Before I left the airport, I exchanged some of my US dollars for Myanmar kyat. Not very long ago, if I had exchanged my money at the airport I would have gotten just a tenth of the black market price. Most people used to exchange their money at hotels or at the Bogyoke Market. But, nowadays, there are half a dozen currency exchange stands at the airport, offering the best exchange rate in the city. I got about 980 kyat to the dollar. The exchange booths also accepted Euros and Singapore dollars.
The Taxi Ride
I arranged a taxi ride from the airport to my guest house for 7,000 kyat. My taxi ride through the gray, rainy evening was my first glimpse of Myanmar and it was when I realized that Myanmar was going to be constantly surprising me. Through my rain-streaked window, I saw tradition and modernity on the streets of Yangon in addition to some things that I never would have expected to see! As Ke$ha and Taylor Swift sang through the radio (?) we drove past men and women wearing longyi skirts, an Iphone repair shop down a dirt alley, a sign for an American university program, little gardens and even a Novotel construction site. I already had the feeling that Myanmar is changing rapidly to catch up with its neighbors.
I was surprised to see not one single motorcycle! Although motorcycles are a way of life in most Southeast Asian cities, they've apparently been banned in Yangon. Replacing them is a plethora of bicycles.It seems like everybody bikes! One more oddity about Yangon that I've never seen anywhere else in the world is that traffic drives on the right side of the road and many cars (my taxi included) have the driver's seat on the right hand side.
My taxi ride was also my first sampling of the Burmese language. I listed to the ebb and flow of my taxi driver's phone conversation, wishing I could understand him! This was also a wake up call to myself to study basic Burmese phrases asap!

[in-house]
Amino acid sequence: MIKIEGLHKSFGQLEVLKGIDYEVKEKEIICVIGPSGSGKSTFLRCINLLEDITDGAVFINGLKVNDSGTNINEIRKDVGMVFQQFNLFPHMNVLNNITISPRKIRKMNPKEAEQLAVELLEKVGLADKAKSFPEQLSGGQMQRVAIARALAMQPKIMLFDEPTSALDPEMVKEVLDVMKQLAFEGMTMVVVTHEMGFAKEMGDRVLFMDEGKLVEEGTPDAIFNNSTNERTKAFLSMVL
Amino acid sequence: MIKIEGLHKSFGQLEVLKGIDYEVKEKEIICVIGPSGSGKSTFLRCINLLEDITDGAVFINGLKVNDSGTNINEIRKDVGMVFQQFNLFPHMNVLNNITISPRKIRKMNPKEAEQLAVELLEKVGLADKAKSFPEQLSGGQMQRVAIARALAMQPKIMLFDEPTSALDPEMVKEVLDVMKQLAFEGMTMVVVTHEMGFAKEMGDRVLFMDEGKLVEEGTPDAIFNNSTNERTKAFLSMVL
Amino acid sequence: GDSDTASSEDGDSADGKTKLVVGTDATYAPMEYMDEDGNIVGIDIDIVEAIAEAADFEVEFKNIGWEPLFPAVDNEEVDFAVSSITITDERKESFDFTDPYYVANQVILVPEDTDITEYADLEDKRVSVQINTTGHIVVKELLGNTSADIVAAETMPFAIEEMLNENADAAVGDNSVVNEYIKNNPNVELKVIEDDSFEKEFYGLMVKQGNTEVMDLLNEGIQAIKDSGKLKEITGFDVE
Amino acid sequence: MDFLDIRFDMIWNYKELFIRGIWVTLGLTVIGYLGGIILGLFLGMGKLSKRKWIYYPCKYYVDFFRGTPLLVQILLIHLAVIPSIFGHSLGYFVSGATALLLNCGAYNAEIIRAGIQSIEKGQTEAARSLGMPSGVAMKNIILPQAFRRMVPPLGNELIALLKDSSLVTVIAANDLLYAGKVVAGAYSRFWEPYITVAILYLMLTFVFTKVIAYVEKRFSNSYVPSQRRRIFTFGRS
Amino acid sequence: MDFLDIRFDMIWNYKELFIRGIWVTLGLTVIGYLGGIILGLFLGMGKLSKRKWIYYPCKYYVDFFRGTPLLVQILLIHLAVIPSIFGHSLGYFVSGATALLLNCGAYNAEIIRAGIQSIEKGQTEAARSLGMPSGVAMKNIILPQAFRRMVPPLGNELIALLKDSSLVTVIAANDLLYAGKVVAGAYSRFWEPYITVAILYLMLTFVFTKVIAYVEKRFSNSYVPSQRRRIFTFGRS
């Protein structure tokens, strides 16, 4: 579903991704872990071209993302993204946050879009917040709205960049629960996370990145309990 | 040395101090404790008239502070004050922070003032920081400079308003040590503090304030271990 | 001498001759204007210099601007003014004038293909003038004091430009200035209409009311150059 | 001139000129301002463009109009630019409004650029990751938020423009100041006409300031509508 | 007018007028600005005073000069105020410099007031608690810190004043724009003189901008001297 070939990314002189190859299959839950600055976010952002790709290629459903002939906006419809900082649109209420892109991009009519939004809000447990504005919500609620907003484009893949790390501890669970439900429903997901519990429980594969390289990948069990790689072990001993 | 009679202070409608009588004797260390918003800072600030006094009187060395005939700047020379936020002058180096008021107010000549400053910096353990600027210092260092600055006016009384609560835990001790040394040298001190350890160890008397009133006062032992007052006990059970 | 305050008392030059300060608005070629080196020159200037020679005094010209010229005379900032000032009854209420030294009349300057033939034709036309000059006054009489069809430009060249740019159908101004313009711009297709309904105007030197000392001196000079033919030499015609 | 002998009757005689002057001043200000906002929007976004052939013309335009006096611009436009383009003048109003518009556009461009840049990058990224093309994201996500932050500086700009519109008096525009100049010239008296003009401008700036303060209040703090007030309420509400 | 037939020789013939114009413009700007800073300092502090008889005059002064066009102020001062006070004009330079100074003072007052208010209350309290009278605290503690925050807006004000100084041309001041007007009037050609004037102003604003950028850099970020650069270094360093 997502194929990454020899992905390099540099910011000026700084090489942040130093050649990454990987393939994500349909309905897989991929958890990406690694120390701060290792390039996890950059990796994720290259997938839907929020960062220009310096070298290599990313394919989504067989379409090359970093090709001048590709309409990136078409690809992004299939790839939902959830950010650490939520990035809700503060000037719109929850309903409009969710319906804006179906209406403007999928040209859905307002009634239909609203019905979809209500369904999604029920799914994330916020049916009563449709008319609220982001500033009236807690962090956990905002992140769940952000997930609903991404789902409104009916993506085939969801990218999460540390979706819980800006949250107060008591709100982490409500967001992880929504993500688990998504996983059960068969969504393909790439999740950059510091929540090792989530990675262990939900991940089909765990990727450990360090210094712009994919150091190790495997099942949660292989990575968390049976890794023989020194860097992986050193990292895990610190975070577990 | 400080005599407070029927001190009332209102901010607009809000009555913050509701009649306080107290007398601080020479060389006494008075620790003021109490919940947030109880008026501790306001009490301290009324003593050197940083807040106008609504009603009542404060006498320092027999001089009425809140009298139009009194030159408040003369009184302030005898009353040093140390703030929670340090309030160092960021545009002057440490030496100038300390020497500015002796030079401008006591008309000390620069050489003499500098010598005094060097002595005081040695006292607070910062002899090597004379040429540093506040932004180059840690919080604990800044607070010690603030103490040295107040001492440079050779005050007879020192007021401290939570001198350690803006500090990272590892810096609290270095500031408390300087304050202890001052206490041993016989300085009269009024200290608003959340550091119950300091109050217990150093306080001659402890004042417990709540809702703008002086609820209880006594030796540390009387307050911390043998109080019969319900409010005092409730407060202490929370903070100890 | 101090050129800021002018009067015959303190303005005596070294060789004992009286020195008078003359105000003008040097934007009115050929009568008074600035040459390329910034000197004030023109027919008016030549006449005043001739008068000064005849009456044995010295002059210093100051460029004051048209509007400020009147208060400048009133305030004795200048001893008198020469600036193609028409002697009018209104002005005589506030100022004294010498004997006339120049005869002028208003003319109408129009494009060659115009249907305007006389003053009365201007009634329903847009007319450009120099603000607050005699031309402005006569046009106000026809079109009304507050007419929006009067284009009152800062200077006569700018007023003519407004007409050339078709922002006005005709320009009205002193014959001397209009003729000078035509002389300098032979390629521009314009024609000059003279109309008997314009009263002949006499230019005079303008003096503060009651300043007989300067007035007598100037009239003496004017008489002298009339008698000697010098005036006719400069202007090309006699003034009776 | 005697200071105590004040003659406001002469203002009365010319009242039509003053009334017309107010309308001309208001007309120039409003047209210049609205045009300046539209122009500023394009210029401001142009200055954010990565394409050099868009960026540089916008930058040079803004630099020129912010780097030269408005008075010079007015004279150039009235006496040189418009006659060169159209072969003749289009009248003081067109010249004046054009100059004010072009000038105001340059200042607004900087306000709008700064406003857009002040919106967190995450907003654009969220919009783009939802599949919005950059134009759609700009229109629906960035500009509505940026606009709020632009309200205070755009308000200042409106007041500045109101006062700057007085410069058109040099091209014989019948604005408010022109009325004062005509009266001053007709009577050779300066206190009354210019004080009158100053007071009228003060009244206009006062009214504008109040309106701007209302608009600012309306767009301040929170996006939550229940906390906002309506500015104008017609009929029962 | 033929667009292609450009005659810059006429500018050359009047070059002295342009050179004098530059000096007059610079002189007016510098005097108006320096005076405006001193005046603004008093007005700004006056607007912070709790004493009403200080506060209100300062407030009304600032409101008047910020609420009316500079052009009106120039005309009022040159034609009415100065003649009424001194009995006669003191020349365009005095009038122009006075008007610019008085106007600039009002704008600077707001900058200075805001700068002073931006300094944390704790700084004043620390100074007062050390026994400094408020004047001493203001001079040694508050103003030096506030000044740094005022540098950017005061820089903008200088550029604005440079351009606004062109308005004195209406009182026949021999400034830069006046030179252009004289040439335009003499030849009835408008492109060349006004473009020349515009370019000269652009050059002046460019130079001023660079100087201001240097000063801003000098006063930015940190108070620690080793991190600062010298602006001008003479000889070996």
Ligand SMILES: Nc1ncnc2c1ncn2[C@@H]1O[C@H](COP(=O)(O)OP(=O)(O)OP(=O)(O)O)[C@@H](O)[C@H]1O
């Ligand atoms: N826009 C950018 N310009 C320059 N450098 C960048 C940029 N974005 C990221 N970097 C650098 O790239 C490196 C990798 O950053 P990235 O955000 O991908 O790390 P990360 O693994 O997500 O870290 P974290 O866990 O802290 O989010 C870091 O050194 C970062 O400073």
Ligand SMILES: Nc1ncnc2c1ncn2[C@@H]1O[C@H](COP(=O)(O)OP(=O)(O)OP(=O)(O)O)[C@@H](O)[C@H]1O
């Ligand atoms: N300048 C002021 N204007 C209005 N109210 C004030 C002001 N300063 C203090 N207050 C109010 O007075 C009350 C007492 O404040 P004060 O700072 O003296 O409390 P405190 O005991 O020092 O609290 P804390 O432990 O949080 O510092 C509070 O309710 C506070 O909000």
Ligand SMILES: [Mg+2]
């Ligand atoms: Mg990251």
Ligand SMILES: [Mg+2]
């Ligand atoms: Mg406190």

After our half an hour drive through Yangon, we arrived at Agga Guesthouse, where I had pre-booked my first three nights in Yangon. The guesthouse, which is located in Chinatown, was actually much nice than it looked online. The staff greeted me at the door of my taxi and took my bags for me. At reception, I was relieved to find very kind and helpful English speakers! (Yay!)
They led me to my room, a shared backpacker room, for which I paid $8 a night. I seem to have gotten a free upgrade to a shared room with air con! (YAY!) I've got a full sized bed, (which SHOCKED me) towels, and a locker for my valuables. The shared bathroom also exceeded my expectations. Western, flushable toilets with toilet paper? What more could a girl ask for!
After settling into my room, I went back down to reception to chat with the staff. I attempted to practice the two Burmese words that I know: Mengalaba (hello) and Jay zu ding ba de (thank you). They were very helpful with my poor pronunciation.
|Agga is on the left.|
My First Meal in Myanmar
I didn't stray too far from the guesthouse but found a lovely little cafe called Ice Berry. For less than two dollars I had a strawberry milkshake (minus the shake part but still delicious) and the saltiest fried rice I've ever had in my life! I mixed in some chilly sauce to tone down the salt. I still enjoyed it though! My first meal was very tame (I know!) but I'm looking forward to sampling more of Myanmar's food!
After dinner I headed back to the guesthouse for an early night!
I feel really good about this trip so far. I'm excited to meet the people of Myanmar as well as other travelers. I'm excited to learn about this mysterious country. So far I feel absolutely intrigued by everything around me. I'm also really surprised with what I've seen in Yangon. I'm definitely looking forward to the next two weeks!
Have you ever been to Myanmar?
What were your first impressions?